Rock Dog

by Greg Vellante

EDGE Media Network Contributor

Friday February 24, 2017

'Rock Dog'
'Rock Dog'  

Tibetan Mastiff Bodi (Luke Wilson) is a shaggy-dog dreamer with a penchant for rock'n'roll, working for his father (J.K. Simmons) in a small sheep village that lives in constant fear of enduring a wolf attack. When Bodi leaves his small town for the big city, he learns about the art form from a British feline rock legend named Angus Scattergood (Eddie Izzard). However, in Bodi's absence, a wolf gang led by Linnux (Lewis Black) decides the time is ripe for attacking the less-protected sheep village and filling their bellies with lamb meat.

Thus, "Rock Dog" is the inspiring tale of how a talking canine learns to follow his dreams and saves a small village from genocide through some sweet, sweet guitar licks. Oh, and Sam Elliot voices a character who narrates the film directly to the camera, "Big Lebowski"-style, and is named Fleetwood Yak. I'll let that dad joke sink in.

Speaking of, if you're not a dad, or a mom, or an adult responsible for entertaining young children, you might as well stop reading this review right now. This movie is not for you. If there's a couple in their 30s hiring a babysitter to go on their first date night in months, you can rest assured the movie that follows their dinner is not "Rock Dog." No, that's the movie that their kid will be begging them to go to the following Saturday.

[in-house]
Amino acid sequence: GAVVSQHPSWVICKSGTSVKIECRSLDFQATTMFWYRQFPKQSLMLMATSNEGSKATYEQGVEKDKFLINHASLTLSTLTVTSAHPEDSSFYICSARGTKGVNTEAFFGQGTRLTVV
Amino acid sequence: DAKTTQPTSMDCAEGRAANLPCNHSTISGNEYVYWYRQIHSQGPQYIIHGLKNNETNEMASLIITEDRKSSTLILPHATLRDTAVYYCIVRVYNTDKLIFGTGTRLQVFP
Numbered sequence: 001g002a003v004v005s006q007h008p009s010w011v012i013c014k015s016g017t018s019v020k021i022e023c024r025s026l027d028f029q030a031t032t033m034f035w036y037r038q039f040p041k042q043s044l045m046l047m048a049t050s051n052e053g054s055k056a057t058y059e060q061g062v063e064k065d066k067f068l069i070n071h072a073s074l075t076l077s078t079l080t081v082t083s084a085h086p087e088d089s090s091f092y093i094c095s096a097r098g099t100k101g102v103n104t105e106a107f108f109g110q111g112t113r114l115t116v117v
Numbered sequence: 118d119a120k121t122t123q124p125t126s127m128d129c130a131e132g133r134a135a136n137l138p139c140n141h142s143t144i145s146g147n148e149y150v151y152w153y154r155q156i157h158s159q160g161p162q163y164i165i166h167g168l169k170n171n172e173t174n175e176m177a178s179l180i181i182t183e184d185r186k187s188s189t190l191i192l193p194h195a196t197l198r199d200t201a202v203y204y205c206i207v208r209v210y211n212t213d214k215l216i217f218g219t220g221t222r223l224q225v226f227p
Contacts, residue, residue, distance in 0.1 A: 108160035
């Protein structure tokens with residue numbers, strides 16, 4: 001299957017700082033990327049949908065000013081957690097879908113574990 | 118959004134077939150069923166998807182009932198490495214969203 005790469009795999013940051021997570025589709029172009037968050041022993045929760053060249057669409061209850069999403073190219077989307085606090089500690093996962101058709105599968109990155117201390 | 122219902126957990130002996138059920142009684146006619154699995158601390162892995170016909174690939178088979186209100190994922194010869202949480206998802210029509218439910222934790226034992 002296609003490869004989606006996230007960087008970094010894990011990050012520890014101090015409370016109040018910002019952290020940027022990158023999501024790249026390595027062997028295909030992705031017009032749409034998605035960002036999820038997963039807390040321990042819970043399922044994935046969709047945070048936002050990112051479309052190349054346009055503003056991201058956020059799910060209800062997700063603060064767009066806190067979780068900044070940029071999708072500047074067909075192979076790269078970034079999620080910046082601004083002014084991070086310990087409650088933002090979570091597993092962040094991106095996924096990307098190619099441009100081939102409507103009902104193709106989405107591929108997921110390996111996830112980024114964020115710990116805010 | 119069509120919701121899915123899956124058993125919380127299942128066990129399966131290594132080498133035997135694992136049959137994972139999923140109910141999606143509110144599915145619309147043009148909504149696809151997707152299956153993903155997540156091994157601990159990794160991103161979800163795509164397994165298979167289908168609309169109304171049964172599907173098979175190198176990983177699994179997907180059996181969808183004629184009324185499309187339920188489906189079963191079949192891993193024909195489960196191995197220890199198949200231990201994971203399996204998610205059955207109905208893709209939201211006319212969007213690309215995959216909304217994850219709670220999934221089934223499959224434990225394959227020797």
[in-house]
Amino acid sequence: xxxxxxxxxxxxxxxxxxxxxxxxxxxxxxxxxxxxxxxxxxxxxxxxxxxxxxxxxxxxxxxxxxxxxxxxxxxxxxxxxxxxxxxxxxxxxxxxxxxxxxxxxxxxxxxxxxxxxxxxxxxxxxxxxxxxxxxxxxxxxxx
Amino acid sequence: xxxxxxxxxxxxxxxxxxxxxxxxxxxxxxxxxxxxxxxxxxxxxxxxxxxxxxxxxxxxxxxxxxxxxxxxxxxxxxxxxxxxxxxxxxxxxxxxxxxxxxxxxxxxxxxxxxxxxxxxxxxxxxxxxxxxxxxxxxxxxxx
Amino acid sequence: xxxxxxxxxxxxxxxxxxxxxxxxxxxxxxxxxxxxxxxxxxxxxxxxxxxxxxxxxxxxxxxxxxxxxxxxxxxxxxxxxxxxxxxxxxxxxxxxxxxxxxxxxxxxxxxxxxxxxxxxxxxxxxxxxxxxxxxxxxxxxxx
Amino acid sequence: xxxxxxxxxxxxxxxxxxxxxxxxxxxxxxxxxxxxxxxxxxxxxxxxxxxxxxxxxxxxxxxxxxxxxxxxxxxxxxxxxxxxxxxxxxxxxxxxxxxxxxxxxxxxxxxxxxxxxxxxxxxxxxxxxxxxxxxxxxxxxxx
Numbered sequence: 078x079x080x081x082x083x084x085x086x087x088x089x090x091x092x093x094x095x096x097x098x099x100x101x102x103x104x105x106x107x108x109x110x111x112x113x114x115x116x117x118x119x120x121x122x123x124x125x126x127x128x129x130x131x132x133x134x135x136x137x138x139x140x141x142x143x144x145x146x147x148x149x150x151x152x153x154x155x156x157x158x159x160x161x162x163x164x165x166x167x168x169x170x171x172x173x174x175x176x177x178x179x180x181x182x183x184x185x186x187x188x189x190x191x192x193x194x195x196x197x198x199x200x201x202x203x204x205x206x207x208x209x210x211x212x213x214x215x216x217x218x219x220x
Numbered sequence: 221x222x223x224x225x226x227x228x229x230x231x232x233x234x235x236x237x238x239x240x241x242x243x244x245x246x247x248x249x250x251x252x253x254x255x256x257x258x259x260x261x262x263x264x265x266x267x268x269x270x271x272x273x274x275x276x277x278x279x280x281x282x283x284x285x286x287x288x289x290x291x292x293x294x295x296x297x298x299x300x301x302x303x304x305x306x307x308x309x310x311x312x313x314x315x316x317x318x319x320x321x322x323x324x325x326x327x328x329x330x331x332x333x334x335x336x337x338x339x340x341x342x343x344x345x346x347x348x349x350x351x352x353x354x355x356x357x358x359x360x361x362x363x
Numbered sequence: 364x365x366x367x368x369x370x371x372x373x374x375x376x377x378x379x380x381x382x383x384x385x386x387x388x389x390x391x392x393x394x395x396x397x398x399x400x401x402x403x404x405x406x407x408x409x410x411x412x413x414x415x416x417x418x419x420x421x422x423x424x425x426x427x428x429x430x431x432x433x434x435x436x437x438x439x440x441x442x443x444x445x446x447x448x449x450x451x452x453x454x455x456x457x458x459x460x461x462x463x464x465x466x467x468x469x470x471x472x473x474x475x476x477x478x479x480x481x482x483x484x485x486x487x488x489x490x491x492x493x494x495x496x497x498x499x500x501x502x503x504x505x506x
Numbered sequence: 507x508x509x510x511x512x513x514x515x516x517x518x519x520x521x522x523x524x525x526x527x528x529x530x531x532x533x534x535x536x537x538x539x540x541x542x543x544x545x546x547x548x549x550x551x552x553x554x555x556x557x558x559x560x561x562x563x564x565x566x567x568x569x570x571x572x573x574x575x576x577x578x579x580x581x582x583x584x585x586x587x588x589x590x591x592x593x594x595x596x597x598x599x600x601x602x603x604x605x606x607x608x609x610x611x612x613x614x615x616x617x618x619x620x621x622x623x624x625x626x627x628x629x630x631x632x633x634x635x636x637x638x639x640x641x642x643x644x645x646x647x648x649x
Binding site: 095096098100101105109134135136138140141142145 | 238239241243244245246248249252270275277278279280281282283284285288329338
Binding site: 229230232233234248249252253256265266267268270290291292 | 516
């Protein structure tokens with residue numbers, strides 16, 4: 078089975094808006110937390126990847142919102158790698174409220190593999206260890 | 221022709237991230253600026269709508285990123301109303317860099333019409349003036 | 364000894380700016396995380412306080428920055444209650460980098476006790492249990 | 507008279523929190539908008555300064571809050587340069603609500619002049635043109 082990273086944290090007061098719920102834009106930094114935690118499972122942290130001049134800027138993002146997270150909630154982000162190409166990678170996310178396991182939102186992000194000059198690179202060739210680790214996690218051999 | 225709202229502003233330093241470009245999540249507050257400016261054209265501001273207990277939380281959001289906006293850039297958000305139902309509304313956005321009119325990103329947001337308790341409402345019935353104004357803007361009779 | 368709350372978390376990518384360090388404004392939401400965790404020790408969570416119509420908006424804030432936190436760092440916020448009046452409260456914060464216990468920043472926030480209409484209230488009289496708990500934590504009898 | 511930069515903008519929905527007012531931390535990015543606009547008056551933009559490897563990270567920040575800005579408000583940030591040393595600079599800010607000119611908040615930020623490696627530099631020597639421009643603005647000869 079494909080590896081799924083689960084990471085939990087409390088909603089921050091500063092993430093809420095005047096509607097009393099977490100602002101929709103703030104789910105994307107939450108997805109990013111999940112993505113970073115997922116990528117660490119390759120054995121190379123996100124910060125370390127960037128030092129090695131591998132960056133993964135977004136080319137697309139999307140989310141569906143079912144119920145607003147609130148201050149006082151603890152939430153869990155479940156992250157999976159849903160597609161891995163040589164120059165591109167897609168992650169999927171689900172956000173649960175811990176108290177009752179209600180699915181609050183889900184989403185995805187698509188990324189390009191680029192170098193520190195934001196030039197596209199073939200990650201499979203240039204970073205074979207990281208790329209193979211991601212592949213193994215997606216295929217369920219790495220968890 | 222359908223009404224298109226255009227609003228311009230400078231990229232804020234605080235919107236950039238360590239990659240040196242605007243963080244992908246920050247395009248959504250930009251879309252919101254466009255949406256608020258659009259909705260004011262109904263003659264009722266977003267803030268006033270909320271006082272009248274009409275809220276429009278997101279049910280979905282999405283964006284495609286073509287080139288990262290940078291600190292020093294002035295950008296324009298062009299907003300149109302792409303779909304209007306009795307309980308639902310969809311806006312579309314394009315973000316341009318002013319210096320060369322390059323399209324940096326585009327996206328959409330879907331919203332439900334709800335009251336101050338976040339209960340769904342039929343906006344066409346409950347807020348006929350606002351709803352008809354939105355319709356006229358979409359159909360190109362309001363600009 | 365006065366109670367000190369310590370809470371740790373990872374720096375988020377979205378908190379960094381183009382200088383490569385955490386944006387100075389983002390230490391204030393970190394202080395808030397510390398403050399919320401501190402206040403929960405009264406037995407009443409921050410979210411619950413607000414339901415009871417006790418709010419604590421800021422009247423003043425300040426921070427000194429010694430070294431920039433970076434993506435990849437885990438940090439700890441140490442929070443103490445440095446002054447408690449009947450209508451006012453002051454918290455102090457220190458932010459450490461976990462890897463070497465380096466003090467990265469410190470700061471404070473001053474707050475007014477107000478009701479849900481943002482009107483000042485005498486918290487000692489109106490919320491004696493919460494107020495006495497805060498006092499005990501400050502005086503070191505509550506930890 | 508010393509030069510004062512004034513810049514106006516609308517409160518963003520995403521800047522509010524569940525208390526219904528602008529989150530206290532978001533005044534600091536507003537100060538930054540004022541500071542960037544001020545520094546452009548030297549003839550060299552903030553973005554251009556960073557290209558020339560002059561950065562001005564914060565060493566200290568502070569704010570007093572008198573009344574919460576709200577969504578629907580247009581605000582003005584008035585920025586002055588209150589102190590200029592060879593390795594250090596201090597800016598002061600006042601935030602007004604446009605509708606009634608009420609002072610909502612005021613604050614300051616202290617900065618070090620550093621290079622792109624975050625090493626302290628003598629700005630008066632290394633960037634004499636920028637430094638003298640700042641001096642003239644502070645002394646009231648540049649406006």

There isn't really much to say about the film other than your kids will love it and you will tolerate it. And as an endurable 90-minutes of fluff, "Rock Dog" could've been far worse. It at least tries to deliver an entertaining storyline, its music choices are often inspired ("Dreams" by Beck should be in every movie ever made) and it offers up a handful of choice lessons for the young ones to take with them.

From a critical standpoint, the animation by Reel FX ("Free Birds," "The Book of Life") is subpar compared to visual giants like Disney and Pixar, and the original music sticks in the mind like annoying caramel caught in the back of your teeth. It's a predictable, manufactured plot, but it caters well to its intended demographic -- the cinematic equivalent of a pop song. When it comes to taking your kids out to the movie, you could stand to suffer more.

Plus, there's always Fleetwood Yak. Your kids may not get it, but it might be the only worthwhile gag for adults in the whole film.